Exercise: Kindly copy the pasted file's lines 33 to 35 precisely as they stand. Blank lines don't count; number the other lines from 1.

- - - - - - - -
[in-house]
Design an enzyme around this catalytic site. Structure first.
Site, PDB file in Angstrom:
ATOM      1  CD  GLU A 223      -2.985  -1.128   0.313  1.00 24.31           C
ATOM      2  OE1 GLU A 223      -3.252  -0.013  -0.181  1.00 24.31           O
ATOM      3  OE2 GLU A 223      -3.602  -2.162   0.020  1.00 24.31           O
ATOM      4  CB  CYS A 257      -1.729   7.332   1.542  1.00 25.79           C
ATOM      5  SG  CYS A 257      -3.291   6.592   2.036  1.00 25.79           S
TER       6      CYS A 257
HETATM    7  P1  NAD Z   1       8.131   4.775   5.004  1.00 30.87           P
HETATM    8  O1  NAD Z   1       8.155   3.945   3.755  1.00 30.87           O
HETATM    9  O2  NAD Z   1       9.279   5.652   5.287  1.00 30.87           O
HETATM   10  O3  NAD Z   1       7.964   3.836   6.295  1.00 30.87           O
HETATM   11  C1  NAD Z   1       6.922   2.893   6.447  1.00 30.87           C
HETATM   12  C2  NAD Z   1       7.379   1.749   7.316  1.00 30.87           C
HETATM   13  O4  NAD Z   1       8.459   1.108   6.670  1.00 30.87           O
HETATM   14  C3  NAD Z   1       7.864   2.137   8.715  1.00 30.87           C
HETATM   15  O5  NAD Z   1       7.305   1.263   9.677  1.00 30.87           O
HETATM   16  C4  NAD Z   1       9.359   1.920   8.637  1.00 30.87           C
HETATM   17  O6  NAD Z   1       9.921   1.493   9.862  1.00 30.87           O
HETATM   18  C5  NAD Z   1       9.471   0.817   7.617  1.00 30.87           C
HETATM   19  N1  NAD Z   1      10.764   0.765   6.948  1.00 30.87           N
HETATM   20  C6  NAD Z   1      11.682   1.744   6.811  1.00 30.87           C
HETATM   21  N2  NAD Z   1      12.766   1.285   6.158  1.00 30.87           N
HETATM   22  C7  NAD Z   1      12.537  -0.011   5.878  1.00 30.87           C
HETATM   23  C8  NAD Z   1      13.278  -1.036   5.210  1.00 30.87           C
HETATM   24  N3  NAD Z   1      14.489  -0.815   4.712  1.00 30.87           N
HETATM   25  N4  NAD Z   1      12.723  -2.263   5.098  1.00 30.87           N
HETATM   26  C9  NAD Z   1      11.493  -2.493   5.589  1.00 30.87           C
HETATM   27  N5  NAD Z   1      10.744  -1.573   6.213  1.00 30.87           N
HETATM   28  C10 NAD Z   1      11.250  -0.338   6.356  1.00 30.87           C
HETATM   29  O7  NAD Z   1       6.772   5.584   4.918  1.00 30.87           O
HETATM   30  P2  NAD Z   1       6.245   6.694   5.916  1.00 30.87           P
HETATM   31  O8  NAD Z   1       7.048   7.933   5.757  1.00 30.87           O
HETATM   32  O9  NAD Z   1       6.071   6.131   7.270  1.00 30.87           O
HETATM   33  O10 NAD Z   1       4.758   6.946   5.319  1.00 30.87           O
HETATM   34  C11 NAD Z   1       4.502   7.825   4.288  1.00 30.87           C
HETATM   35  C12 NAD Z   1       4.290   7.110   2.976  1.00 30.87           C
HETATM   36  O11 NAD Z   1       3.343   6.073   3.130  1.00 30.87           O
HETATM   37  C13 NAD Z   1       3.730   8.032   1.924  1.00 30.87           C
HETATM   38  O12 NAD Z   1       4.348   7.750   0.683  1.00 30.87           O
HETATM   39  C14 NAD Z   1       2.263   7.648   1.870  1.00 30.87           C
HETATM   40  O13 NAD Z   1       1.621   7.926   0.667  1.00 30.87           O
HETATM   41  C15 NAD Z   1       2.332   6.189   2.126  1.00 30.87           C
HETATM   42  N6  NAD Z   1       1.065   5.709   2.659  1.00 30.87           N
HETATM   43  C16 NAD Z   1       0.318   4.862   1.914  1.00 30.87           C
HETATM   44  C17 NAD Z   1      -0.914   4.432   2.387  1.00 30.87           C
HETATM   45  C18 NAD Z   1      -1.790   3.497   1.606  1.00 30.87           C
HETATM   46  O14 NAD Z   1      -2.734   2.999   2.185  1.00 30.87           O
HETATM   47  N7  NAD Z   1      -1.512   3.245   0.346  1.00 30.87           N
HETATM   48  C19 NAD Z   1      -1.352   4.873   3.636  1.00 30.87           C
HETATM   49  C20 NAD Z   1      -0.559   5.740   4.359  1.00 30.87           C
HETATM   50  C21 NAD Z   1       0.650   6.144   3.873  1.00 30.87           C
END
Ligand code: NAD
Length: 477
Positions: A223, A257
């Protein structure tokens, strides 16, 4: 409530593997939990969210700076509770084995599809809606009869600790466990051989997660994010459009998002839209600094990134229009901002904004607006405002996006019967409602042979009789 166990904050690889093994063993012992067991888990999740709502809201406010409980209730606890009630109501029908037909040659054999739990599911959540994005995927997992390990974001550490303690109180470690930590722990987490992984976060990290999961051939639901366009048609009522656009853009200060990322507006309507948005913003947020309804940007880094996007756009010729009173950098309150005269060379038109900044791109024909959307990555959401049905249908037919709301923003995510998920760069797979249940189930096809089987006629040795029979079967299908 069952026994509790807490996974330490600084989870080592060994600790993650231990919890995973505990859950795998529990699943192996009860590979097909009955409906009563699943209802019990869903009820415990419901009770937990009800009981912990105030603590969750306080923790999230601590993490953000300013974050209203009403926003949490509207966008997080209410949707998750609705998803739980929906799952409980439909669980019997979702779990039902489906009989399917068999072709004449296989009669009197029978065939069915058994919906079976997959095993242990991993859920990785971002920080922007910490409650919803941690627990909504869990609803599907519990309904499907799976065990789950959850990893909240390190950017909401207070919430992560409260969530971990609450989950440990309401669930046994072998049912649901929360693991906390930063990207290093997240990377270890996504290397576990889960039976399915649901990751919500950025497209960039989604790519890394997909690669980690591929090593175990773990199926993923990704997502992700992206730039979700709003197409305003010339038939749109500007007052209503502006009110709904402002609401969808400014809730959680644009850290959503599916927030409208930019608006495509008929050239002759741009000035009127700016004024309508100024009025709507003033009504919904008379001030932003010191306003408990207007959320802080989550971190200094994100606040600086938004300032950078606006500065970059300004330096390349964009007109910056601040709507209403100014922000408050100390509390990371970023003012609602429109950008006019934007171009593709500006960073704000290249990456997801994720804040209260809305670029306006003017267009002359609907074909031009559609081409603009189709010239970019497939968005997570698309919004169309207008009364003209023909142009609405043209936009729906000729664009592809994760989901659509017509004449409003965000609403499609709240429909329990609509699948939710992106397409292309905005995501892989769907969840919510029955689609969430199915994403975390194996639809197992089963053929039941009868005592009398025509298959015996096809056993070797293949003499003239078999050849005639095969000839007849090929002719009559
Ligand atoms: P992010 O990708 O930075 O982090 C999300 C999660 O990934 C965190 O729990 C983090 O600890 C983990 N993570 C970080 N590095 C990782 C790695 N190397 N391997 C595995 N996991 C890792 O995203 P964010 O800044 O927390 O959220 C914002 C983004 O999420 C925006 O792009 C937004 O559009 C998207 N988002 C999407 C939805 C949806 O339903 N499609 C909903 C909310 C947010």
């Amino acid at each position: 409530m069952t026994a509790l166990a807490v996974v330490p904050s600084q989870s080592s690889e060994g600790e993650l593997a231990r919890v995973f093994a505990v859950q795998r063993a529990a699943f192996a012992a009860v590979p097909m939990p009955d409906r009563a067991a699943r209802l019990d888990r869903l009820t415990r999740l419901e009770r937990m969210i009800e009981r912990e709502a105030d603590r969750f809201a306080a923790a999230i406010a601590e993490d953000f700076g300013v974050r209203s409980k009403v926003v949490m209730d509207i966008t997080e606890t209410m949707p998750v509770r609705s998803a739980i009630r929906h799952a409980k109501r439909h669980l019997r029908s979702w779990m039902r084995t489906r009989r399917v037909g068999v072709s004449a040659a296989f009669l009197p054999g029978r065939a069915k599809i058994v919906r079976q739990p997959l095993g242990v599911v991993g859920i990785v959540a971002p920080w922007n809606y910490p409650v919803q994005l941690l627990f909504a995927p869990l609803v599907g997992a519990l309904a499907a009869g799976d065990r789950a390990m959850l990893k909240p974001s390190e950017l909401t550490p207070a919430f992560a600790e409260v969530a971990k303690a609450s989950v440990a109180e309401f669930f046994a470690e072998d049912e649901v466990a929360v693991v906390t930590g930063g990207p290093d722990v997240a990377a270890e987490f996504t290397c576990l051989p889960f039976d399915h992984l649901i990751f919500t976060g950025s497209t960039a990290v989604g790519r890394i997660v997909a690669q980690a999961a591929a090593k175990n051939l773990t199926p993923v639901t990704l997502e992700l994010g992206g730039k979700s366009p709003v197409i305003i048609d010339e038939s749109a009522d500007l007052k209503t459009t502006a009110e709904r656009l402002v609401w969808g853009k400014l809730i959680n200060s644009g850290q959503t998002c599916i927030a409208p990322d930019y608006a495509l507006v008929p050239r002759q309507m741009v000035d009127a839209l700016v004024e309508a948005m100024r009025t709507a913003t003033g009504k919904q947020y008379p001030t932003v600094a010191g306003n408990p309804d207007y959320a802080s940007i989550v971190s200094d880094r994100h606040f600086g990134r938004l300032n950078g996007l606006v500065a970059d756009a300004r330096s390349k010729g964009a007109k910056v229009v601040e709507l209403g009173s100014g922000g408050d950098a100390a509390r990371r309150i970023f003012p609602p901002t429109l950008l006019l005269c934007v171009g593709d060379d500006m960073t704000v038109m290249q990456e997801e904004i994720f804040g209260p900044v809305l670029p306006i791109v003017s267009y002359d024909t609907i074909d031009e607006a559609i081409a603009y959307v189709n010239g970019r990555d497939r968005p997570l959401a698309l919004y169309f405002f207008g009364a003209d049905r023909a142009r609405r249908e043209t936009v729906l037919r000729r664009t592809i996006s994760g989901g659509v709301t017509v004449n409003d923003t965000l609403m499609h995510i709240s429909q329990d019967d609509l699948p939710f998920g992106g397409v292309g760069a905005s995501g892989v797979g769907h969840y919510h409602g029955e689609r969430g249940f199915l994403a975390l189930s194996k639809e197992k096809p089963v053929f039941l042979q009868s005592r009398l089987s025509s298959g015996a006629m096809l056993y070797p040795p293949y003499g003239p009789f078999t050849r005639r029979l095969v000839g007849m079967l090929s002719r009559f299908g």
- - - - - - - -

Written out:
HETATM   30  P2  NAD Z   1       6.245   6.694   5.916  1.00 30.87           P
HETATM   31  O8  NAD Z   1       7.048   7.933   5.757  1.00 30.87           O
HETATM   32  O9  NAD Z   1       6.071   6.131   7.270  1.00 30.87           O